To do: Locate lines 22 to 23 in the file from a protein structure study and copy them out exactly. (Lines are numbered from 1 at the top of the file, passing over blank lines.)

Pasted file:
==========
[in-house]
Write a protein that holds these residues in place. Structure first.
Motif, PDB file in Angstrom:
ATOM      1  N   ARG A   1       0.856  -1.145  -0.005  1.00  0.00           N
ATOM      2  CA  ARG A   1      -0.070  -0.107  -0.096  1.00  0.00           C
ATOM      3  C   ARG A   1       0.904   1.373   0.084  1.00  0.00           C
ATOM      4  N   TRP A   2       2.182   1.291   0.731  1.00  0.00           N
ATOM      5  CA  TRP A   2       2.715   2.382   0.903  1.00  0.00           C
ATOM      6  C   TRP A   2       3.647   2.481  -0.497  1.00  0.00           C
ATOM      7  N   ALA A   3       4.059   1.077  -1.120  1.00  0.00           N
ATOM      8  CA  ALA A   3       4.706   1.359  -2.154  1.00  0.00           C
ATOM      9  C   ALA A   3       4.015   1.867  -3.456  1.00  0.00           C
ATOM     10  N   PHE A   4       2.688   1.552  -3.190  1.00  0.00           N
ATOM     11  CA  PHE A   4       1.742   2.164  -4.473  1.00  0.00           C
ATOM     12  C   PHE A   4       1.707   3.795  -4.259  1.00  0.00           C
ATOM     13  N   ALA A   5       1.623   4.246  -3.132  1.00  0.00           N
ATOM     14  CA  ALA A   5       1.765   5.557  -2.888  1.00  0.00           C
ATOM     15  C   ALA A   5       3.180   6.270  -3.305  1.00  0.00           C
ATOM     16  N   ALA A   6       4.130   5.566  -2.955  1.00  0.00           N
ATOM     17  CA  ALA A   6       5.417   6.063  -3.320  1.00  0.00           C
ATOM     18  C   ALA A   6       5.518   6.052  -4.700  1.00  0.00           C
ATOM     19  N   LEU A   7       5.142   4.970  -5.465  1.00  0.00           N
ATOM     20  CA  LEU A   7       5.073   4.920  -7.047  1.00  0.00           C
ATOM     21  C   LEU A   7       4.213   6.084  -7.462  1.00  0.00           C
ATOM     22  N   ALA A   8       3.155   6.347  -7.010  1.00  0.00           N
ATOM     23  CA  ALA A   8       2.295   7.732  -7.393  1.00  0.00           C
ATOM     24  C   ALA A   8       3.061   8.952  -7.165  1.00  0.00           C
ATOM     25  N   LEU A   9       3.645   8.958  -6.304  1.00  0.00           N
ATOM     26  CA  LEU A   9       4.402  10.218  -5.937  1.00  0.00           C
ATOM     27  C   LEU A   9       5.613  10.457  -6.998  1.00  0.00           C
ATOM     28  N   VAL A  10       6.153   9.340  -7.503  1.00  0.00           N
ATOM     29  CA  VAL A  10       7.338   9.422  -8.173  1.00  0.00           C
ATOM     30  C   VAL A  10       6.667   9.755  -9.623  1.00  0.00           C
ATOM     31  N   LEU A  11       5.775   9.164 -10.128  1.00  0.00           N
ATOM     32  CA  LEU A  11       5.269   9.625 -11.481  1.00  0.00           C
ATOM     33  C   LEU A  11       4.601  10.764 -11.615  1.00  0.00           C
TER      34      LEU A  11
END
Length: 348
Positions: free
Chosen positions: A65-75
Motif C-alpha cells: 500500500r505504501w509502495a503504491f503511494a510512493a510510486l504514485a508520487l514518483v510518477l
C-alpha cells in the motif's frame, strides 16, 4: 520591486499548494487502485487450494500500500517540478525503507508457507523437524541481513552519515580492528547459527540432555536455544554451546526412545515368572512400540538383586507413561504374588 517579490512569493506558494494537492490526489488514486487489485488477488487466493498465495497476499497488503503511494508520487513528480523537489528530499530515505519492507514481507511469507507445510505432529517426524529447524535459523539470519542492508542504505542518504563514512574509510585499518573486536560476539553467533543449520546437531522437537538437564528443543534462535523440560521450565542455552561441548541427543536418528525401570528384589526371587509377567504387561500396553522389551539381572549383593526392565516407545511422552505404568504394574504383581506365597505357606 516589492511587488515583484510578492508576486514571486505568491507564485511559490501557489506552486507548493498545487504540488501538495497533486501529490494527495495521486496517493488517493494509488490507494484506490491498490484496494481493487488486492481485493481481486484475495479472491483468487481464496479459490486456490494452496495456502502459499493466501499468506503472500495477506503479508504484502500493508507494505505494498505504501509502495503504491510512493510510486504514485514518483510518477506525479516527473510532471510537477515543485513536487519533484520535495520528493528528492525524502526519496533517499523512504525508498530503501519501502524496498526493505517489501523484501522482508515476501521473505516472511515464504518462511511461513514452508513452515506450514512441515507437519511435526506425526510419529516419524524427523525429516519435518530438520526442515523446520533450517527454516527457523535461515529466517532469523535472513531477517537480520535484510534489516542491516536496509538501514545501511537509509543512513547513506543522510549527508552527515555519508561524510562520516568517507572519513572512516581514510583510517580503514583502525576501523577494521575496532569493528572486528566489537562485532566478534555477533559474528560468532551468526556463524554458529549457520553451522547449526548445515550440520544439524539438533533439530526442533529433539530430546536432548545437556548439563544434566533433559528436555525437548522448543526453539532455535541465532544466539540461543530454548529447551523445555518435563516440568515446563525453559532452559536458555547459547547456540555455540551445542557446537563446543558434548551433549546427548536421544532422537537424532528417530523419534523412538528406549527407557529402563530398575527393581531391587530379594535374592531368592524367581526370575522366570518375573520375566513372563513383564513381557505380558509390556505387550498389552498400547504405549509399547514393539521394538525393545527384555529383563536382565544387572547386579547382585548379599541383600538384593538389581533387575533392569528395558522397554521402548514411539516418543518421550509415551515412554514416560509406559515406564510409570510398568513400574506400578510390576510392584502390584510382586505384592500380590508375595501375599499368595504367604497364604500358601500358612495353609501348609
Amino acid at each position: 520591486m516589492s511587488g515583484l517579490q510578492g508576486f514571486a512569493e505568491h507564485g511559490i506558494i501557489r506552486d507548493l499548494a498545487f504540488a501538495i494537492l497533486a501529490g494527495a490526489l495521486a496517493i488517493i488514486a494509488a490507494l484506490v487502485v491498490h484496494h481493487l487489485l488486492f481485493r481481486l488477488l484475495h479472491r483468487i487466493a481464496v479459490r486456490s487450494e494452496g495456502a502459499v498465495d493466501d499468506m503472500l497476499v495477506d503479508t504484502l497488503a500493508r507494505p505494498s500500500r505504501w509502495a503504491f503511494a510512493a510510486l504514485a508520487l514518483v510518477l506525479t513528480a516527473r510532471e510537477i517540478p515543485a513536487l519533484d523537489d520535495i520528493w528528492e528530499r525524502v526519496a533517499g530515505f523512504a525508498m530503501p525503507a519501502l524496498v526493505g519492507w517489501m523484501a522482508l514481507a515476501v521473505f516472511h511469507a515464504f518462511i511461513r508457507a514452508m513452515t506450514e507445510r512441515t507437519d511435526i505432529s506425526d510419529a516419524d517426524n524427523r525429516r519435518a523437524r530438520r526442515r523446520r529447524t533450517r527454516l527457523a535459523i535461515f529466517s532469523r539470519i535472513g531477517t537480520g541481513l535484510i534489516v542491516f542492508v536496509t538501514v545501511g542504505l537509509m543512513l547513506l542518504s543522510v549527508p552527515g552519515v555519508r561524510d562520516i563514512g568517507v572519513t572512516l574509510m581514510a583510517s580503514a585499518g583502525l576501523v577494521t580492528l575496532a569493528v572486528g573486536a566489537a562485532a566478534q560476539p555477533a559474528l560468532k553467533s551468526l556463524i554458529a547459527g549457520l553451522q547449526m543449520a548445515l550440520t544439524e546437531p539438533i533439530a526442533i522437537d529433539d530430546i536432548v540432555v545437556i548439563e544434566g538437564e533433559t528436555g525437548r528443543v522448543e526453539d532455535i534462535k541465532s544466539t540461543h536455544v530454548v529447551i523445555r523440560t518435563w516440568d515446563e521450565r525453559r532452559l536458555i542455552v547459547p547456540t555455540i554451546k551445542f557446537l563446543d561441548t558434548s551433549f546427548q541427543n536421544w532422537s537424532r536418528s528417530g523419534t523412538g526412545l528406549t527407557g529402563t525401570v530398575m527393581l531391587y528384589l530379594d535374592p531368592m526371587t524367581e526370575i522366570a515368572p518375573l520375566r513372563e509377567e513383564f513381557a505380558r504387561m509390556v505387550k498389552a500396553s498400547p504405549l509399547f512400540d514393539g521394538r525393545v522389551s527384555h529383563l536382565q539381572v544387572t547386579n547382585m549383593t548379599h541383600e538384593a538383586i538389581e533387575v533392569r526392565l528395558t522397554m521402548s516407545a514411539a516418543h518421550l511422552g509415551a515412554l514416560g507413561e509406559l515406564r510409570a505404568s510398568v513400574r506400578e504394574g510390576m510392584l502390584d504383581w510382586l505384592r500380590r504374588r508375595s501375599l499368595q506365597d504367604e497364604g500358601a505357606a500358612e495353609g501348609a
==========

ATOM     19  N   LEU A   7       5.142   4.970  -5.465  1.00  0.00           N
ATOM     20  CA  LEU A   7       5.073   4.920  -7.047  1.00  0.00           C